What's this?

Rezoom is a library intended to reduce the pain of dealing with data that lives across a latency boundary.

Horrors of latency

Common examples of this nightmare include SQL databases, NoSQL databases, and web APIs.

It tends to be hard to write abstractions over these data sources because the round-trip time dominates all other performance concerns, and it's impossible to optimize without breaking your API.

If somebody is calling GetUserDetails(userId) in a loop for 500 different users, you really can't help them other than by convincing them to switch to GetMultipleUserDetails(all500userIds).

Rezoom lets you write little units of business logic called Plans (like the aforementioned GetUserDetails), which you can then glue together into larger plans. It'll handle converting the 500 independent GetUserDetails calls into one GetMultipleUserDetails call. It also de-duplicates redundant requests: for example if multiple functions need to query for the current user's permissions, only one such query will actually be executed.

Show me an example so I know whether to care

Here's some contrived example code. You can write a Rezoom wrapper library for any data source, but it comes with one called Rezoom.SQL that statically typechecks SQL and infers its caching behavior.

type GetPerson = SQL<"select * from People where Id = @id">
type GetCompany = SQL<"select * from Companies where Id = @id">

/// Gets a person and their employer. This implementation takes 2 round trips.
let getPersonAndEmployer (personId : int) : (GetPerson.Row * GetCompany.Row) Plan =
    plan {
        // One round trip.
        let! person = GetPerson.Command(id = personId).ExactlyOne()
        // Another round trip.
        let! employer = GetCompany.Command(id = person.EmployerId).ExactlyOne()
        return (person, employer)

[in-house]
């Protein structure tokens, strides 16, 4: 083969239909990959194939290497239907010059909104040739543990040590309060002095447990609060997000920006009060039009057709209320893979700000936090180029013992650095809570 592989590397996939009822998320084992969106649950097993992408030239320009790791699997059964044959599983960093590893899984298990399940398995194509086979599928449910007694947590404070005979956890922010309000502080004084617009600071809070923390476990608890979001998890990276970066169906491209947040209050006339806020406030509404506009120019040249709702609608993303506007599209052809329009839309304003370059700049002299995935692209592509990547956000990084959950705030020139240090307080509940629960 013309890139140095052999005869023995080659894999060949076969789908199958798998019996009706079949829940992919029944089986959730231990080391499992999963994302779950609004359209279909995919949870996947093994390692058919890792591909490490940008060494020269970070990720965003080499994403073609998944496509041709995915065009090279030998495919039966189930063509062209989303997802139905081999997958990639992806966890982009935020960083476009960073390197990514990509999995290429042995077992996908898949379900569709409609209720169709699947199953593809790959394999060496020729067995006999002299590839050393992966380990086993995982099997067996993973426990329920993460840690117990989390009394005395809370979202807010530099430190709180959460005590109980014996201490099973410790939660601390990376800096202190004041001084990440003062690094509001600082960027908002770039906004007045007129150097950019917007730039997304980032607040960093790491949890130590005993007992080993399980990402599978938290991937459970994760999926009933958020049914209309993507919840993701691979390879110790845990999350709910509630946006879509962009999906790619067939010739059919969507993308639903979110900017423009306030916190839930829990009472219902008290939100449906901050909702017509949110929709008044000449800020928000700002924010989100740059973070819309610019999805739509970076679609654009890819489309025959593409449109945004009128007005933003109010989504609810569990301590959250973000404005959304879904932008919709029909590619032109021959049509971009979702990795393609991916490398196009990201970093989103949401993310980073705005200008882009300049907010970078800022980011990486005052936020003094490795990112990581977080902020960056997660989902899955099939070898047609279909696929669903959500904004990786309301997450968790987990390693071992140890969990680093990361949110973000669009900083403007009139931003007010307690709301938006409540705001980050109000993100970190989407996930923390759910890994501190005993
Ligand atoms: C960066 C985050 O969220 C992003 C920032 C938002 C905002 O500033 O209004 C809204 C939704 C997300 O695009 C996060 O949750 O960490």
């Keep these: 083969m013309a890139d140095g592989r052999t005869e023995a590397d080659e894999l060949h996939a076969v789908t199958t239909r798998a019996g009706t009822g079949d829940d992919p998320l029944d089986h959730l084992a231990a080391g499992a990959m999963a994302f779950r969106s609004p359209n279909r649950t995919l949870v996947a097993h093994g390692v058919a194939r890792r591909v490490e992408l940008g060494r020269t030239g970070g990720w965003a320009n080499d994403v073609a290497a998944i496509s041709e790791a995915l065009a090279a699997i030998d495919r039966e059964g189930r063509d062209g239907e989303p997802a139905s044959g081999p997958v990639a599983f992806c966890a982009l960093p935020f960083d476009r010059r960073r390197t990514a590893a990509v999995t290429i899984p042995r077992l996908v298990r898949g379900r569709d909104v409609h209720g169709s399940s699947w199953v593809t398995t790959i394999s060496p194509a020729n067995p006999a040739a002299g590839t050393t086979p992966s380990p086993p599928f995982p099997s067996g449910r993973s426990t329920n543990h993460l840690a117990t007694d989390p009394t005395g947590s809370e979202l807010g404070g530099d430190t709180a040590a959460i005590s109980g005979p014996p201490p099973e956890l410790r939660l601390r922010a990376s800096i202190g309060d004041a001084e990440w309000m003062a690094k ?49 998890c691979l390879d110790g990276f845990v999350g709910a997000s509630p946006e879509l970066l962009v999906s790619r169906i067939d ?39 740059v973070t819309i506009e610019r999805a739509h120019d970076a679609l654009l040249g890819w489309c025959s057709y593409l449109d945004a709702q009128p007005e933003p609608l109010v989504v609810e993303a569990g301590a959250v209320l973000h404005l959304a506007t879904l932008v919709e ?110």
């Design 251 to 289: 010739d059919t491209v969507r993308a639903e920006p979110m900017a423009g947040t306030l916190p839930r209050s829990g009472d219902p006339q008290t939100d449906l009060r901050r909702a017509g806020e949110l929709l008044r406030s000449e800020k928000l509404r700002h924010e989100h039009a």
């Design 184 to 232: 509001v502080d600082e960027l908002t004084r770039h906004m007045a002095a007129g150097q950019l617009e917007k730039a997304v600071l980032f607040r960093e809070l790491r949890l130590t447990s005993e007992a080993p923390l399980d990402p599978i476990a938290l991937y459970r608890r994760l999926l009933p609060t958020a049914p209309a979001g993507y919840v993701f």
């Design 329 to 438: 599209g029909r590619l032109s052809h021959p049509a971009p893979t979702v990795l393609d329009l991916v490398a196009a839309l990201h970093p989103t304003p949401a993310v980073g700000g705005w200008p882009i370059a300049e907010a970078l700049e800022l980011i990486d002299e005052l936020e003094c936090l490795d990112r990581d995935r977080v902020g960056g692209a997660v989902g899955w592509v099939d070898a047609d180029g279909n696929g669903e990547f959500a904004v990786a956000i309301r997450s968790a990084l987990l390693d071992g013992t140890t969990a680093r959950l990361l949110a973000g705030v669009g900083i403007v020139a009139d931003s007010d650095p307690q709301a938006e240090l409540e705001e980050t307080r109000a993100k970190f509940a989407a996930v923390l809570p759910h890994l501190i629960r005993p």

let example =
    plan {
        // Two round-trips: one to get both users, another to get both employers.
        // If the two users have the same employer, the 2nd round-trip will only include one SELECT statement.
        let! (user1, employer1), (user2, employer2) =
            getPersonAndEmployer 1, getPersonAndEmployer 2
        printfn "%s is employed by %, %s by %s"
            user1.Name, employer1.Name
            user2.Name, employer2.Name

        // Two more round trips: again, the user queries all share one, and the employer queries share the next.
        for id in batch [ 3; 4; 5; 6 ] do
            let! user, employer = getPersonAndEmployer id
            printfn "%s is employed by %s" user.Name, employer.Name

Pretty neat, huh? How about this?

type UpdateCompanies = SQL<"update Companies set LastUpdatedUtc = SysUtcDateTime() where Id = 27">

let example2 =
    plan {
        // Two round-trips: one for the user, one for the employer.
        let! (user1, employer1) =
            getPersonAndEmployer 1

        // Zero round trips, because both query results are cached.
        let! (user1Again, employer1Again) =
            getPersonAndEmployer 1

        // Invalidates the cache for all queries dependent on the Companies table.
        // This is automatically deduced by the SQL<"query string"> type provider.
        do! UpdateCompanies.Command().Plan()

        // One round-trip: user is still cached, but we have to reload the employer.
        let! (user1Again, employer1Again) =
            getPersonAndEmployer 1

        return 0

"Now, hang on a minute," you might be asking your computer screen. "Where's this stuff being cached? What if some other code updates a table and now the cache is invalid?"

When you write a plan block nothing happens until you execute it with Execution.execute(plan). The cache is local to that execution, which is also implicitly wrapped in a transaction. So, the cache is not for keeping information across, say, multiple requests to your website.

It's to eliminate the temptation to explicitly pass around loaded data, cluttering your API in an attempt to save queries.

The idea is to let you write very fine-grained APIs that take the bare minimum of information (like deleteSlide : SlideId -> unit Plan) but can be composed together without creating a performance nightmare.

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